From Catholic Culture:

Since man is both a spiritual and physical being, the Church provides for the needs of man in his everyday life. The Church's liturgy and feasts in many areas reflect the four seasons of the year (spring, summer, fall and winter). The months of August, September, October and November are part of the harvest season, and as Christians we recall God's constant protection over his people and give thanksgiving for the year's harvest.

The September Ember Days were particularly focused on the end of the harvest season and thanksgiving to God for the season. Ember Days were three days (Wednesday, Friday and Saturday) set aside by the Church for prayer, fasting and almsgiving at the beginning of each of the four seasons of the year. The ember days fell after December 13, the feast of St. Lucy (winter), after the First Sunday of Lent (spring), after Pentecost Sunday (summer), and after September 14 , the feast of the Exaltation of the Holy Cross (fall). These weeks are known as the quattor tempora, the "four seasons."

Since the late 5th century, the Ember Days were also the preferred dates for ordination of priests. So during these times the Church had a threefold focus: (1) sanctifying each new season by turning to God through prayer, fasting and almsgiving; (2) giving thanks to God for the various harvests of each season; and (3) praying for the newly ordained and for future vocations to the priesthood and religious life.

And while we're at it, why not recover the pre-Vatican II Lenten discipline? It is as follows:

The Law of Abstinence forbids the use of flesh meat and the juice thereof (soup, etc.). Eggs, cheese, butter and seasonings of food are permitted.
The Law of Fasting forbids more than one full meal a day, but does not forbid a small amount of food in the morning and in the evening.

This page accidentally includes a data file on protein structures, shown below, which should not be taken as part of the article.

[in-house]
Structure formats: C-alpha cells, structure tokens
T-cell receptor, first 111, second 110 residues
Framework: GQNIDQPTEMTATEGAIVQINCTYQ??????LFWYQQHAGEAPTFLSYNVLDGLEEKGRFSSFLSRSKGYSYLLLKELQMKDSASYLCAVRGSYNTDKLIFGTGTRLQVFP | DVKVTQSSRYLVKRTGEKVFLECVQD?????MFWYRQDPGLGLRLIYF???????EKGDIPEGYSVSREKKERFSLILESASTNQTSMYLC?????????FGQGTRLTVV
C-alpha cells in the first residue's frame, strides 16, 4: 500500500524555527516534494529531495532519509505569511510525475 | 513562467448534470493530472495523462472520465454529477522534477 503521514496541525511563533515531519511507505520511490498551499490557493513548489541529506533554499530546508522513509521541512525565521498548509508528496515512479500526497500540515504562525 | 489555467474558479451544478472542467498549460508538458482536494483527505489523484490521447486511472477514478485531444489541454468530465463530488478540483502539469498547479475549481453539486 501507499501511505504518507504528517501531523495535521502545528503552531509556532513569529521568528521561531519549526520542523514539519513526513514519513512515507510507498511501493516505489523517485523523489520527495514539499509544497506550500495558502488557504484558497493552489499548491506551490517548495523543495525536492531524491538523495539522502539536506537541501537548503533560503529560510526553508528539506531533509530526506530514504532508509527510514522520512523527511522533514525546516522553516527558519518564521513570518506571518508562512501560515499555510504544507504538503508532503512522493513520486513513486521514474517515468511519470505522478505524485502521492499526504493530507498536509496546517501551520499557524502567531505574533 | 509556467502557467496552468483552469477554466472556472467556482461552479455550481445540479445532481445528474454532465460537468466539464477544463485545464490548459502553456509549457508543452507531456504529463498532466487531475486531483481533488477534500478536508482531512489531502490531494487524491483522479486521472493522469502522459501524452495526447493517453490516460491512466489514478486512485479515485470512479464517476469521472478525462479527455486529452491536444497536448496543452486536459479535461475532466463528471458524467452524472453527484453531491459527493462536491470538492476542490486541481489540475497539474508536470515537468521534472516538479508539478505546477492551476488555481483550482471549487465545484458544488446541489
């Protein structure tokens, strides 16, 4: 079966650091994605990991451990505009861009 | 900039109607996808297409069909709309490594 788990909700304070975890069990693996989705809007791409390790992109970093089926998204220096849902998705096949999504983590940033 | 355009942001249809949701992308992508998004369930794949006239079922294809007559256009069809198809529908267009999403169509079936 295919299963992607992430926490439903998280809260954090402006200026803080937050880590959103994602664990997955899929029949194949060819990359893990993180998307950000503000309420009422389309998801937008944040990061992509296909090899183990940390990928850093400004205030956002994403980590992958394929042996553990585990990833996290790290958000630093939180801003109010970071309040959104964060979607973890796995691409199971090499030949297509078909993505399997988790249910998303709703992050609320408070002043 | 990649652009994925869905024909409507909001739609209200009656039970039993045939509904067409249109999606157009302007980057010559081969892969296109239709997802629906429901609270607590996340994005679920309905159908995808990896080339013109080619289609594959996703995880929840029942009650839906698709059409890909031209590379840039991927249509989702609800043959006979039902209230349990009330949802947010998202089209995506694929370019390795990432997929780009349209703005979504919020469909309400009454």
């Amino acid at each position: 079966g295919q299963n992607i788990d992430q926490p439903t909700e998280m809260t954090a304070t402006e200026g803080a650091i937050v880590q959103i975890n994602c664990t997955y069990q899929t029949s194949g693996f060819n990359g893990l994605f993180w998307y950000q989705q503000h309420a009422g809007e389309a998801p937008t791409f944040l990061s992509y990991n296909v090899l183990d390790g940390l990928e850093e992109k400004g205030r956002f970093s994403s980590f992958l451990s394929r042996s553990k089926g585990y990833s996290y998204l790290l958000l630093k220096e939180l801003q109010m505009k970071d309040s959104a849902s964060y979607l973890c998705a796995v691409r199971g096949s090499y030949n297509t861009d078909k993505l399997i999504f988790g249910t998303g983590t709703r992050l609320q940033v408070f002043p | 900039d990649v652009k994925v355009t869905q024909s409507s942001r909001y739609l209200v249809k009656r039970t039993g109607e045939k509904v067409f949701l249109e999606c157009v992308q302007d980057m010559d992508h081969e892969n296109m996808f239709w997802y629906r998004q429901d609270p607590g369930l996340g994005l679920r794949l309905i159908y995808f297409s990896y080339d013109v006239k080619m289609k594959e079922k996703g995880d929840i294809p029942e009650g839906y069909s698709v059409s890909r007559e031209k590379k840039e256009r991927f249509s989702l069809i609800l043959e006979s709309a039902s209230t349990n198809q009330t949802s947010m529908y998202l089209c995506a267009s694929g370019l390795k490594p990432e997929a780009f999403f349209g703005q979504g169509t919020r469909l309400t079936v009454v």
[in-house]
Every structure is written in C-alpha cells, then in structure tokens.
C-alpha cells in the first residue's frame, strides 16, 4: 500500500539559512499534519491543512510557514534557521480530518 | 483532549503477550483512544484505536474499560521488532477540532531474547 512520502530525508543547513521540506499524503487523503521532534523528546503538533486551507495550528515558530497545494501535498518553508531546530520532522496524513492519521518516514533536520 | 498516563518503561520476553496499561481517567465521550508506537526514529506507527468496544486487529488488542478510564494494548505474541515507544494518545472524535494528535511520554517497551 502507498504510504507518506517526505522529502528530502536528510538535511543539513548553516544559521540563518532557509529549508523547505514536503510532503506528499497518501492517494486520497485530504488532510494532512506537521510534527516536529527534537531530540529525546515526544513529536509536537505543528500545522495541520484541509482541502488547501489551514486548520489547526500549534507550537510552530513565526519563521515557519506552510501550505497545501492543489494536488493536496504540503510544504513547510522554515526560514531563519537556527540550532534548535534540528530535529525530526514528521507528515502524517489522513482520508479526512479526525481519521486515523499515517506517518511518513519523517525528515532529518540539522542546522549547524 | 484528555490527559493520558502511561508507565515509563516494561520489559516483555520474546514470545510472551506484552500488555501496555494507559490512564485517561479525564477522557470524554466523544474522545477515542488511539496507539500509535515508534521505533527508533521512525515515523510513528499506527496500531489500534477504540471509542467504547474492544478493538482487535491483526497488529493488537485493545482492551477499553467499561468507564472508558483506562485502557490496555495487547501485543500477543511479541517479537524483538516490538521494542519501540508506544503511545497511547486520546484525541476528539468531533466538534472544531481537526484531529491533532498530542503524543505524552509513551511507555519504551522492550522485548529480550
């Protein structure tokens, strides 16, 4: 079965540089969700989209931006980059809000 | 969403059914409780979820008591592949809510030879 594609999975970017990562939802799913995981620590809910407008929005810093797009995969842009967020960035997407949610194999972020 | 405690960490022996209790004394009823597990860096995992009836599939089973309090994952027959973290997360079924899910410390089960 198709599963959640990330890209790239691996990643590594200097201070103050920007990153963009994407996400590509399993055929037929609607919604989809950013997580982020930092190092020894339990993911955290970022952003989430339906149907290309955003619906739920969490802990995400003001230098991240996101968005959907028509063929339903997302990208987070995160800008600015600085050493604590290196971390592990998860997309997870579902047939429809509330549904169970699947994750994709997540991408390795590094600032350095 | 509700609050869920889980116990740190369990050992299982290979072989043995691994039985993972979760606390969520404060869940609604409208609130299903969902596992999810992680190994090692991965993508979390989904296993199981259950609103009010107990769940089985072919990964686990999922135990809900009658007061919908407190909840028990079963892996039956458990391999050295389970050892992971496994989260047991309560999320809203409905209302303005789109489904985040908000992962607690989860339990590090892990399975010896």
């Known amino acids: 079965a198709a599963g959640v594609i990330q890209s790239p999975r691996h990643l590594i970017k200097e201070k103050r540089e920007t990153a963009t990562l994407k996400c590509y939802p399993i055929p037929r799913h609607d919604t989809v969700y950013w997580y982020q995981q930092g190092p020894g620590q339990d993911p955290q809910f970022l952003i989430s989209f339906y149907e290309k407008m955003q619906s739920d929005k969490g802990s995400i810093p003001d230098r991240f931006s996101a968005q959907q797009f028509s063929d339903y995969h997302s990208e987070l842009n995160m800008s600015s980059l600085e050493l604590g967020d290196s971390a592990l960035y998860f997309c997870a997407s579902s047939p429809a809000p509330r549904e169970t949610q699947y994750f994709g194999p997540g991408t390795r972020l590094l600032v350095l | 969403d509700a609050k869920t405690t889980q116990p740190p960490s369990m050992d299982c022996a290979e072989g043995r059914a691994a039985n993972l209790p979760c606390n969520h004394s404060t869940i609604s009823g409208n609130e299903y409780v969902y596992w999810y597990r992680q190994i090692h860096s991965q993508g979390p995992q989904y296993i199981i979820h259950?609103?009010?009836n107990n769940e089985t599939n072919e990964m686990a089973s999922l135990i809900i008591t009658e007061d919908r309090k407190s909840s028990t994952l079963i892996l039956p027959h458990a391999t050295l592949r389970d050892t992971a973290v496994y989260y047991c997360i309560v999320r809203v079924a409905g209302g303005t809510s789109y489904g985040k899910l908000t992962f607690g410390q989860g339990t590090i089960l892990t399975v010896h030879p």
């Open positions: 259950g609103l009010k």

All Catholics seven years old and over are obliged to abstain. All Catholics from the completion of their twenty-first to the beginning of their sixtieth year, unless lawfully excused, are bound to fast.

As for the application of fasting and abstinence during Lent:

Fasting and abstinence are prescribed in the United States on the Fridays of Lent, Holy Saturday forenoon (on all other days of Lent except Sundays fasting is prescribed and meat is allowed once a day) . . . Whenever meat is permitted, fish may be taken at the same meal. A dispensation is granted to the laboring classes and their families on all days of fast and abstinence except Fridays, Ash Wednesday, Wednesday in Holy Week, Holy Saturday forenoon . . . When any member of such a family lawfully uses this privilege all the other members may avail themselves of it also; but those who fast may not eat meat more than once a day.

MY FINAL COMMENT: Would following a stricter regimen for fasting and abstinence create a stronger Catholic culture and unique Catholic identity? Would it draw Catholics closer to one another in Christ? And would it make us more conscious of moderation in life and the need to assist the needy?